© 2013 Taylor & Francis Group, London. Porous stone materials can be affected by lithobiontic communities’ colonization responsible for physical-chemical processes that lead to their biodeterioration. In urban areas with high levels of atmospheric pollution, in the aesthetical decay of facades due to soiling by particulate matter deposition, the development of biological films must be considered. The biodeterioration processes affecting the joint mortar used on the limestone facades of the Formerly Workers Hospital of Maudes (Madrid, Spain) and its contribution to facades soiling are studied. Lichen thalli are directly involved in the material disruption and foster significantly the degree of darkening. While limestone darkening is very heterogeneous and mainly responds to its interaction with air pollutants, for the joint mortar it is much more homogeneous and, in areas of higher humidity and with no direct pollution exposure, is due to a biofilm development. In all other areas where joint mortar shows darkening, this is mainly because of its interaction with air pollutants.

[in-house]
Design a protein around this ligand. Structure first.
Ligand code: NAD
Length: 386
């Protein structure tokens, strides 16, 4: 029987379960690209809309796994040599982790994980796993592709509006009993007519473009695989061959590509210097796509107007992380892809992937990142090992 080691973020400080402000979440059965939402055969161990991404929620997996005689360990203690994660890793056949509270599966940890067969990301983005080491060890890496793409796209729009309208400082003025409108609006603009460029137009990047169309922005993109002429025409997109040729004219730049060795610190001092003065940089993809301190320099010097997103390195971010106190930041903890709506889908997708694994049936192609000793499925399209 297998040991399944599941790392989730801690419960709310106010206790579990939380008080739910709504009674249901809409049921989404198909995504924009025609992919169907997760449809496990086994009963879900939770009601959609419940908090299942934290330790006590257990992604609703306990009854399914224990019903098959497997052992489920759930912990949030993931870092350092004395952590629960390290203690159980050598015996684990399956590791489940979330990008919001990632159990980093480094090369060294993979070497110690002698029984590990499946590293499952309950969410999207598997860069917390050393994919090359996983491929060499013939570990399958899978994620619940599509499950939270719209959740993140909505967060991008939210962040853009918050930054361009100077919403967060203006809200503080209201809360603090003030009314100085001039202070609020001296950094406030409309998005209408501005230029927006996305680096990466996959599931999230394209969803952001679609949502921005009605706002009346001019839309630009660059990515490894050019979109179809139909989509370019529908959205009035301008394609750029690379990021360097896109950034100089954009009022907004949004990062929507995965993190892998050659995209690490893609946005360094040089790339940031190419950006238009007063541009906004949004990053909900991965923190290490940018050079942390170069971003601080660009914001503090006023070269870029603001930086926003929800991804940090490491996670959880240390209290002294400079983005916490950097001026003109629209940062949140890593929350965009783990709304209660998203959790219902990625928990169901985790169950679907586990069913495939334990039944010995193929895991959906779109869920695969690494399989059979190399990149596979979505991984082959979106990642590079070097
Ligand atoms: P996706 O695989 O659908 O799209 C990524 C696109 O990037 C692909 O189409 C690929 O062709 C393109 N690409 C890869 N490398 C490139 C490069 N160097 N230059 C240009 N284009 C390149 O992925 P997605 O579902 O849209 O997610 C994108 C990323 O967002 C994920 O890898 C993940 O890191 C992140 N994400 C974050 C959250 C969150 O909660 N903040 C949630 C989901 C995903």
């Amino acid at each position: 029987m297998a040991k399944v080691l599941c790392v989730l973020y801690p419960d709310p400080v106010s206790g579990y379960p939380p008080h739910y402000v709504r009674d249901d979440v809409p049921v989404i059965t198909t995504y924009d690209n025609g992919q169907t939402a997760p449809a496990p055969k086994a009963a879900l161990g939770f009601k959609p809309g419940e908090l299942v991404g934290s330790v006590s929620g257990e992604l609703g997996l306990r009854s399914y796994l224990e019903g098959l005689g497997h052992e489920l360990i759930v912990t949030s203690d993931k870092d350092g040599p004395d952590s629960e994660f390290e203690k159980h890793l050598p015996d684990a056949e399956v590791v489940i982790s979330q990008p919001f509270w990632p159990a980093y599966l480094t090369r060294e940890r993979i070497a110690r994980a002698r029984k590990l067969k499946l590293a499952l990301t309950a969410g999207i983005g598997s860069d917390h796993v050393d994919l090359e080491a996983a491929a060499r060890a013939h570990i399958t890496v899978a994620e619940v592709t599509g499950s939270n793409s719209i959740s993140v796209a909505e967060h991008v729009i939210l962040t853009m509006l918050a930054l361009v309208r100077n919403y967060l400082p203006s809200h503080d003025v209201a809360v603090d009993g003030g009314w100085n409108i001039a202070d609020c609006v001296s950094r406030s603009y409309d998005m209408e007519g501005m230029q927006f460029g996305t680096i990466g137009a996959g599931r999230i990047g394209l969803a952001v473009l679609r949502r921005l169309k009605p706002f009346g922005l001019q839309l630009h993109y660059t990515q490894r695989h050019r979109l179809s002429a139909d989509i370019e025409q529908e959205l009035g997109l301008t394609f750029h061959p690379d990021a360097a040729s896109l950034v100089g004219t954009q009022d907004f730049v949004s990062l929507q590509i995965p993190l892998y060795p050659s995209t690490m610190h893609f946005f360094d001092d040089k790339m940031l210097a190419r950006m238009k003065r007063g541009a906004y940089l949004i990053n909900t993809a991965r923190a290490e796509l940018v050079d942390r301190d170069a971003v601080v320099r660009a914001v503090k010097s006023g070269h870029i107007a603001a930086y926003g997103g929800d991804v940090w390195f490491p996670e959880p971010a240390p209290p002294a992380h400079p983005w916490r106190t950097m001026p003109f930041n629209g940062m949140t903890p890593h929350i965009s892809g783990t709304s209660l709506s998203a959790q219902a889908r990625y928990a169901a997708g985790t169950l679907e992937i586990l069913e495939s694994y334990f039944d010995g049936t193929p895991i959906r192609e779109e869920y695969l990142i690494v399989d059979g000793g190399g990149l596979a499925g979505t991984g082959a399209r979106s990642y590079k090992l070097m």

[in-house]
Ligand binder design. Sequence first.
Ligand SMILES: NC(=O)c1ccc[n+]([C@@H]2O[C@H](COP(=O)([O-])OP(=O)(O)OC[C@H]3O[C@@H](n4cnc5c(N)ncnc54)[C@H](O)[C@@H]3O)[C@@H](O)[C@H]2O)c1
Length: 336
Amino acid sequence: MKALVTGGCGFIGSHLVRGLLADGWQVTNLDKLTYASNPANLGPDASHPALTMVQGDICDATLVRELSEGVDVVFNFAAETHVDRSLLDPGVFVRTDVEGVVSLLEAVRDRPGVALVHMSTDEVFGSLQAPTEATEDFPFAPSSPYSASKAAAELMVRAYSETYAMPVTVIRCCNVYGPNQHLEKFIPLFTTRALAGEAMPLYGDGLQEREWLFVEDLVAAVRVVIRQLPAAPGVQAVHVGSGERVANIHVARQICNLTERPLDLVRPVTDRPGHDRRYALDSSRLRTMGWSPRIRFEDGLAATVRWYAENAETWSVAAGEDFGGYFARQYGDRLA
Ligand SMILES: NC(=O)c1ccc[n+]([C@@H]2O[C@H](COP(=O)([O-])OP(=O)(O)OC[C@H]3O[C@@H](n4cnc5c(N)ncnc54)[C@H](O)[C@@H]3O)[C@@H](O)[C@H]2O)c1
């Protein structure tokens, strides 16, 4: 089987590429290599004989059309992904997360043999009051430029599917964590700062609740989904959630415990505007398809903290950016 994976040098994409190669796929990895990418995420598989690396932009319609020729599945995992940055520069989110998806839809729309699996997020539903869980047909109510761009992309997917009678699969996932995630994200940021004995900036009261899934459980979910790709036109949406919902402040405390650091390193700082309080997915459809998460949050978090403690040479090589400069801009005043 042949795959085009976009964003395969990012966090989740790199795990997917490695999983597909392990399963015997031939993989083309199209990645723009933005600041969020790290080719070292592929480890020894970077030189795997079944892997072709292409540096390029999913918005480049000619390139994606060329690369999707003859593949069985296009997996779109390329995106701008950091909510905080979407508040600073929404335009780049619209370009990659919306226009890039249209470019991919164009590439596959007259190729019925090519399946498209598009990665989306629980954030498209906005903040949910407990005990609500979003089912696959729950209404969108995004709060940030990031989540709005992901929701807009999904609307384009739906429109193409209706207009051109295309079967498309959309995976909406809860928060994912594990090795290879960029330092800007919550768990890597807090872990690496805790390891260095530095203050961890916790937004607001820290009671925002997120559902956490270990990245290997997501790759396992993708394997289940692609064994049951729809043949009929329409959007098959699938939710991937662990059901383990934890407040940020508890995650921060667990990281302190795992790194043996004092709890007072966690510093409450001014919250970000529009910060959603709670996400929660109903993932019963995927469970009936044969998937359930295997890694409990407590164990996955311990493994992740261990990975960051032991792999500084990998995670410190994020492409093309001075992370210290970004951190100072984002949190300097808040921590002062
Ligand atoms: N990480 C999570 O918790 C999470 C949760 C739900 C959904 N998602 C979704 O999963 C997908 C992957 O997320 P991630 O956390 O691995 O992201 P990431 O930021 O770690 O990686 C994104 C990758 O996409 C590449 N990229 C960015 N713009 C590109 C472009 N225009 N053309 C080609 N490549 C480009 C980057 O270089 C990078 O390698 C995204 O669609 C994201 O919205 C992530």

|Original language||American English|
|Title of host publication||Science and Technology for the Conservation of Cultural Heritage|
|Number of pages||5|
|ISBN (Electronic)||9780203508015, 9781138000094|
|State||Published - 1 Jan 2013|
Perez-Monserrat, E. M., Fort, R., Varas-Muriel, M. J., Alvarez de Buergo, M., De los Ríos, A., & Ascaso, C. (2013). Physical and aesthetical decay of built heritage from biological films developed on joint mortars. In Science and Technology for the Conservation of Cultural Heritage https://doi.org/10.1201/b15577